Hypogastrura armata communis (Folsom, 1898) Nov. Comb.
Achorutes communis Folsom, 1898
Ceratophysella communis Stach, 1949
Ceratophysella yuasai Yosii, 1954
The specimen used to prepare these figures came from the Boerner collection BMNH and may be a cotype sent to Boerner by Folsom. C. yuasai Yosii comes from the same locality, Okayama in Japan, as Folsom's material and from Yosii's description and figures I conclude that C. yuasai Yosii is a subjective synonym of Folsom's species. In my "Index" in 1964 p.209 I placed A. communis Folsom as a subspecies of H. armata (Nicolet), and C. yuasai Yosii as a synonym of this subspecies H. armata communis (Folsom). Although I could not detect the sac-like organ between Ants III and IV on the specimen in the BMNH collections, Yosii in his description of C. yuasai states clearly that this organ is present. In accepting this I conclude that the species C. yuasai and A. communis are the same and, therefore, the nomenclatural changes set out above are correct.
Notes: Apex of Ant IV (Fig. 108) with sensory knob in a pit protected by an overlapping thickened cap and a dome-like sensory swelling. Sub-apically Ant IV has 6-7 long curved sense rods and numerous simple setae. Dens with 6-7 stout simple setae along posterior face.
Hypogastrura cavicola (Boerner, 1901)
The holotype of this species is in the Boerner collection BMNH and the accompanying figures were drawn from it. Stach (1949, p.110) gives further figures drawn from Polish specimens of this species.
Notes: Ant IV has an apical retractible papilla guarded by several slender short curved setae; 4-6 strongly bent, stout, exposed sense rods subapically and numerous simple setae. Anal spines on very stout stumpy contiguous papillae, the spines slightly longer than the hind claw. PAO with an associated "nebenhocker-like" structure (Fig. 115).page 23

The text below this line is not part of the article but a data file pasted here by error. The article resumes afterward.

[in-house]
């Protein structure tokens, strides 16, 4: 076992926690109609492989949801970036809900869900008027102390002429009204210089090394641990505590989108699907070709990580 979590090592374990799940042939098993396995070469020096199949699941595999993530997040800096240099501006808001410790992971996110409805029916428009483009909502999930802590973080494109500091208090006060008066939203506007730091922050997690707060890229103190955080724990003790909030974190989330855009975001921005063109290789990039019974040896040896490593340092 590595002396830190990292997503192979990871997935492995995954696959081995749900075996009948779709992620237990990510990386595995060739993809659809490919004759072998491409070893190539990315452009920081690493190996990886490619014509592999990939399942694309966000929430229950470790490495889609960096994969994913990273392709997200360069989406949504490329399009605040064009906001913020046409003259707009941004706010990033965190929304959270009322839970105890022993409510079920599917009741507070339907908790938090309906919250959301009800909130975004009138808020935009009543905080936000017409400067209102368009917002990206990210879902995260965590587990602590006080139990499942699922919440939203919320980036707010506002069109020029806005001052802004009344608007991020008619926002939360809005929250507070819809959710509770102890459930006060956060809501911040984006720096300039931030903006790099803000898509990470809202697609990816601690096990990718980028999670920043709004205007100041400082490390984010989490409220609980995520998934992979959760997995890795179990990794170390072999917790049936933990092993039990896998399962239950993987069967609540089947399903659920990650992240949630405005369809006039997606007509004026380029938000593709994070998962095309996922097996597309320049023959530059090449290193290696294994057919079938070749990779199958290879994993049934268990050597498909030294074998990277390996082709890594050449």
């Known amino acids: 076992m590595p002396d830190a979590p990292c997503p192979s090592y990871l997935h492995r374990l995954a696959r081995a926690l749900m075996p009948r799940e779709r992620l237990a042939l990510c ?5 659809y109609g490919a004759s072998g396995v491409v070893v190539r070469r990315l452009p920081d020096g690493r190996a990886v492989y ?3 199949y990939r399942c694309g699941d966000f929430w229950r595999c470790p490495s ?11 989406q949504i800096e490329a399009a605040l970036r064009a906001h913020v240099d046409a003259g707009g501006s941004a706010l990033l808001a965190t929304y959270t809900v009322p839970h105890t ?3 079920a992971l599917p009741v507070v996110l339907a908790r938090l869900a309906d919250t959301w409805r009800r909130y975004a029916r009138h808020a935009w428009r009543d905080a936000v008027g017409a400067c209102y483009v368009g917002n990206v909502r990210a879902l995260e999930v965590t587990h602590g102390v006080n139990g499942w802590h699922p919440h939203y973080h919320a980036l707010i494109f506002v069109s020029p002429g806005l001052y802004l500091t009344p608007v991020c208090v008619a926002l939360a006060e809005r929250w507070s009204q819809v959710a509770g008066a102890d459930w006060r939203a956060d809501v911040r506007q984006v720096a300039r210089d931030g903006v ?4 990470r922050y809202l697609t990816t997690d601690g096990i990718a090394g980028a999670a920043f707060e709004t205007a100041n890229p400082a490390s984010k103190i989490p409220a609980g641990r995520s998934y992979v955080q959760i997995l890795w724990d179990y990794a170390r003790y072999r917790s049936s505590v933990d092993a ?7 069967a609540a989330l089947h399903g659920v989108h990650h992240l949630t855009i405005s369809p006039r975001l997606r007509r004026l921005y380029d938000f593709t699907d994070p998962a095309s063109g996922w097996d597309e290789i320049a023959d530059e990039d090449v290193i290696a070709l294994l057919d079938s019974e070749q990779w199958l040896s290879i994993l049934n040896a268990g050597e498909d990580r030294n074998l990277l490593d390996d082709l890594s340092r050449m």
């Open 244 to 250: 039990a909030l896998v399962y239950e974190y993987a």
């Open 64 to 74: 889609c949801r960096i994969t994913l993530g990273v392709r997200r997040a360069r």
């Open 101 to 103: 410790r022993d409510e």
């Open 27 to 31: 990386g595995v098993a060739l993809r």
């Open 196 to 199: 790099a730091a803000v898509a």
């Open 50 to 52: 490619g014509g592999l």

Figs. 106-111 Hypogastrura armata communis (Folsom), drawn from specimen in Boerner collection in BMNH.
Fig. 106 mucro and apex of dens
Fig. 107 SO Ant III × 1000
Fig. 108 apex of Ant IV × 1000
Fig. 109 anal spines with associated setae × 400
Fig. 110 hind foot × 400
Fig. 111 PAO and adjacent ocelli × 1000
Figs. 112-115 Hypogastrura cavicola (Boerner) drawn from holotype in BMNH.
Fig. 112 hind foot × 400
Fig. 113 anal spines and setae from above × 400
Fig. 114 mucro × 1000
Fig. 115 PAO with associated "nebenhocker" and anterior ocelli × 1000
Hypogastrura gracilis (Folsom, 1899)
Achorutes gracilis Folsom, 1899
Achorutes tullbergi Schaeffer, 1900
Neogastrura aequepilosa Stach, 1949
Hypogastrura gracilis Yosii, 1960
Specimens of this species labelled cotypes are in the USNM and two specimens on slide No. 5078 were used for the preparation of these drawings.
Notes: SO Ant III as in Fig. 117. Ant IV subapically with trilobed sensory knob, 4 stout curved sense rods, numerous tapering, slightly curved, sense rods, and longer setae (Fig. 118). Front feet (Fig. 121) with two tenent hairs, others with three, all in line across tibiotarsus; base of claw and unguiculus granulated; PAO with four horizontal lobes and an erect lobe rising above the others (Fig. 116); rami of tenaculum with three barbs, corpus naked; dens (Fig. 119) posterior face coarsely granulated, the remainder much finer, the posterior face with five simple setae. Mucro (Fig. 120) with finely granulated broad inner lamella and small plain basal lamella; anal spines small, and separated on subequal papillae.